Renfield: In the Shadow of the Vampire
In this year’s Adelaide Fringe Festival there are a number of adaptations of ‘classic’ literary novels, exemplified by Grist to Mill’s productions of Moby Dick,and Renfield: In the Shadow of the Vampire, the latter based on Bram Stoker’s Dracula. For some reason it is these two novels in particular that are playing a role in the festival. Why? I have no idea, except that like a number of other productions in this year’s Fringe and Adelaide Festival they deal with the universal themes of ‘broken dreams’, ‘transformations’, and ‘survival’. In many ways they follow the ‘classic’ definition of a ‘romance’ that is essentially about going on a journey.
Ross Ericson’s excellent one-man version of Moby Dick has already been, deservedly, highly praised and is also part of Grist to the Mill’s season at the Bakehouse Theatre. Renfield: In the Shadow of the Vampire is a new work, and as the engaging Mister Ericson says, ‘it is still in development’ and they are seeking constructive criticism.
Renfield, in Dracula, is the tragic madman in the insane asylum whom Dracula has initially used in his desires to come to England. Dracula has promised Renfield that for good and dutiful service he will fulfill Renfield’s dream and transform him into a vampire, gaining ‘eternal life’. However, Dracula plays on Renfield’s desires and manipulates and controls him completely. Renfield winds up in a lunatic asylum, devouring insects and babbling on about ‘the master’. He becomes jealous of Dracula’s seeming abandonment of him, replacing him to a certain extent with Jonathan Harker. Renfield’s resentment leads him to betray Dracula, and because, like Dracula, he has strong feelings for Mina Harker. These feelings for Mina Harker will eventually destroy both Renfield and Dracula. Renfield informs on Dracula and his plans and subsequently Dracula kills him.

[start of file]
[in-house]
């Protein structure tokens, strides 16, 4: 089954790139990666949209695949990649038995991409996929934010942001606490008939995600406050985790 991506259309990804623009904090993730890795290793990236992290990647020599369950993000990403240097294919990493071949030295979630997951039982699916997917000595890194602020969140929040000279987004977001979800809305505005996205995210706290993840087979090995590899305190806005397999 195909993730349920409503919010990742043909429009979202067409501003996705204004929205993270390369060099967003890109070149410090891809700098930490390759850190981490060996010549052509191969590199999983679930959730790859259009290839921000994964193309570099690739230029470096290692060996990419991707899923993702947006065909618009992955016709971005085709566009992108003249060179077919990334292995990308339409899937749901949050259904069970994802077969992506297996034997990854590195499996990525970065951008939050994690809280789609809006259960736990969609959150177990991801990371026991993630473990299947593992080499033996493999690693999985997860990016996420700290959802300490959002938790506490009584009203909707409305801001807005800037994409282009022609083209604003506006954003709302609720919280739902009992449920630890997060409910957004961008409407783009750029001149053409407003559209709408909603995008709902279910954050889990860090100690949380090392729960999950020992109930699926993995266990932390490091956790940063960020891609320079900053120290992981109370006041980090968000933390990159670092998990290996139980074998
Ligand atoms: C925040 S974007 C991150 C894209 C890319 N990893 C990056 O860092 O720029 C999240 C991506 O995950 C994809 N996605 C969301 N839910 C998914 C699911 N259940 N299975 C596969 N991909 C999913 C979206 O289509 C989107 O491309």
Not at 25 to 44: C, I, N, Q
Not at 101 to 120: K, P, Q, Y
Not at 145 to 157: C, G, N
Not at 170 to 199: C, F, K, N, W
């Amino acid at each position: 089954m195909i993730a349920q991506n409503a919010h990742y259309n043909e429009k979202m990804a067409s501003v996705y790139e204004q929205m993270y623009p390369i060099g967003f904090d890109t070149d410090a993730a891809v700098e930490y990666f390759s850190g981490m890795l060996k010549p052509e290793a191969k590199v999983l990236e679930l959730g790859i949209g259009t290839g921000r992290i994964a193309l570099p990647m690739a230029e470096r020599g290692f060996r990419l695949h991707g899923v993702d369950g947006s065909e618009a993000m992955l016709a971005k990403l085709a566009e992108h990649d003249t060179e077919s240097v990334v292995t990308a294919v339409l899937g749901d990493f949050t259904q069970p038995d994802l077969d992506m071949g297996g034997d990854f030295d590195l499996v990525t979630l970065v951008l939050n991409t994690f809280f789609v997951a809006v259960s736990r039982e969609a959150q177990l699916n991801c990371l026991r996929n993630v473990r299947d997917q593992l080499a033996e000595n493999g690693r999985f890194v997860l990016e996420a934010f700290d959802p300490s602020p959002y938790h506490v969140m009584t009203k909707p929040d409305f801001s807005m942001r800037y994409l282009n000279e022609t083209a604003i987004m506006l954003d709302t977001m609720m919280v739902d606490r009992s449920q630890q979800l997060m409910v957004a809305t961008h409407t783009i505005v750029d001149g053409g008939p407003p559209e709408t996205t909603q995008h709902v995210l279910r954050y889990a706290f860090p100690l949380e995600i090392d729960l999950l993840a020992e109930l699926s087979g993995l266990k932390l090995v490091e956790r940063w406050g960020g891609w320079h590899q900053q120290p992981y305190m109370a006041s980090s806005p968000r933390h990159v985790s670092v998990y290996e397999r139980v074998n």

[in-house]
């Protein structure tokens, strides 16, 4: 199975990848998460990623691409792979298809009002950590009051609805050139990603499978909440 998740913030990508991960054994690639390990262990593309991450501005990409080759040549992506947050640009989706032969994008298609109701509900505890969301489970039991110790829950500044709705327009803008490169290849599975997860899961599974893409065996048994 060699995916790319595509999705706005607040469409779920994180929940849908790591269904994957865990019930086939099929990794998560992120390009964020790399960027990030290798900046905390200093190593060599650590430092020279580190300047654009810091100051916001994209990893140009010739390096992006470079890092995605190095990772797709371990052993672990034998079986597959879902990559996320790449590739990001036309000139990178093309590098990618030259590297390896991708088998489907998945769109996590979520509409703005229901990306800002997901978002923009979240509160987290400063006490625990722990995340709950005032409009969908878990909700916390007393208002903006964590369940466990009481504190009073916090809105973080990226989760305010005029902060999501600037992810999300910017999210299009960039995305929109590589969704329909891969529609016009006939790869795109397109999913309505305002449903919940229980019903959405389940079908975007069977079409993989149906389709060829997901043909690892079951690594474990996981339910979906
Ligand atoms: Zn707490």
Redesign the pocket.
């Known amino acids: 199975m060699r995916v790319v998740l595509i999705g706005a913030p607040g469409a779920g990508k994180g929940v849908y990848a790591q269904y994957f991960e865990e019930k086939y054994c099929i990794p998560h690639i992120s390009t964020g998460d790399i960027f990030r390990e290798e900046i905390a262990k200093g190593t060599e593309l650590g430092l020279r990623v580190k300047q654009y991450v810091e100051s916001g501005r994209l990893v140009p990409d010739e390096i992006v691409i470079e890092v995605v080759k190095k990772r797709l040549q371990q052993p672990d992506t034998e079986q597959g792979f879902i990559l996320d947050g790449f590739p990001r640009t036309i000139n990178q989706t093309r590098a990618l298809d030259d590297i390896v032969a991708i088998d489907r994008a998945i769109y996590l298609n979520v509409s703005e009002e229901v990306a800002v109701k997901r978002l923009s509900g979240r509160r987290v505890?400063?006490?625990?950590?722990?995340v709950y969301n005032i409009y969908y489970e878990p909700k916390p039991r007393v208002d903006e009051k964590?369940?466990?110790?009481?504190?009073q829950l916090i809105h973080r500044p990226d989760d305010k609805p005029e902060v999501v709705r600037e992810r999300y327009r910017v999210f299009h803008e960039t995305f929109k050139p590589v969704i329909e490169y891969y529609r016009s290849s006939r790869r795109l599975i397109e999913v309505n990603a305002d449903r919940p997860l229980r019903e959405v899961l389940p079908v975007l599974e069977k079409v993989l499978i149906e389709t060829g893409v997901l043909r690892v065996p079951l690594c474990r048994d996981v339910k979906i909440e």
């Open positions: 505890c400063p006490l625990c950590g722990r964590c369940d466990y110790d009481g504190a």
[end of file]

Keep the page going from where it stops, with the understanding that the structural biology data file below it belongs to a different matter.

That in a nutshell is the basic plot-line for Renfield’s journey and function in Dracula. Ross Ericson’s stage adaptation honours most of this. Ross Ericson first appears as a macabre MC that introduces us to the story. This sardonic MC returns at certain moments in the dramatic narrative to comment on the action, as well as allowing for the play to express some of Bram Stoker’s philosophical (and theatrical) reflections. Mister Ericson then plays Renfield in the insane asylum in a number of scenes that are framed by Renfield formally addressing the asylum authorities and major heroes in the story in order to be released from the insane asylum. In other short scenes, more like flash-backs, we get the journey of Renfield in his cell, completely insane and babbling away, as well as starting to eat flies, then spiders, and then desirous of bigger animals. There is a logic here, as he is being manipulated by Dracula from outside the insane asylum but it is all a bit overwhelming.
Mister Ericson gives an absolutely terrific performance, as Renfield and as the sardonic MC. He has a commanding presence and excellent voice that he uses with great skill and effect. It is an engaging 60 minutes and those familiar with the novel will enjoy this particular perspective. Renfield is a fascinating and memorable tragic character.
I would, however, encourage Mister Ericson and his colleagues to do some judicious editing. It is true that in the novel Renfield does rant and rave, often being Stoker’s voice for philosophical points about madness, ambition, desire, and sensual bestiality. These rants and raves are fragmented, and whilst honouring the novel, as a piece of the dramatic narrative they become difficult to follow and tedious. More of the drama that is happening between Renfield and the outside world is needed, with Dracula, Mina, and the others, otherwise it starts to become a self-indulgent and repetitive rant.
I think the dramatic device of Renfield presenting his argument in a formal address is excellent. I suggest Renfield stay there and not do the flashbacks in his cell but as part of his formal argument in front of the other characters. It is the scenes in Renfield’s cell that are problematic, confusing and repetitive, and (understandably) a bit too self-indulgent.
This may seem like harsh criticism and I certainly hope it does not prevent people from seeing this work in development. As said, Mister Ericson is a fine performer and his intention for this ‘in development new work’ is that he has opened himself up and wants feedback to make the work better.
This is a brave thing to do and can only be praised and supported.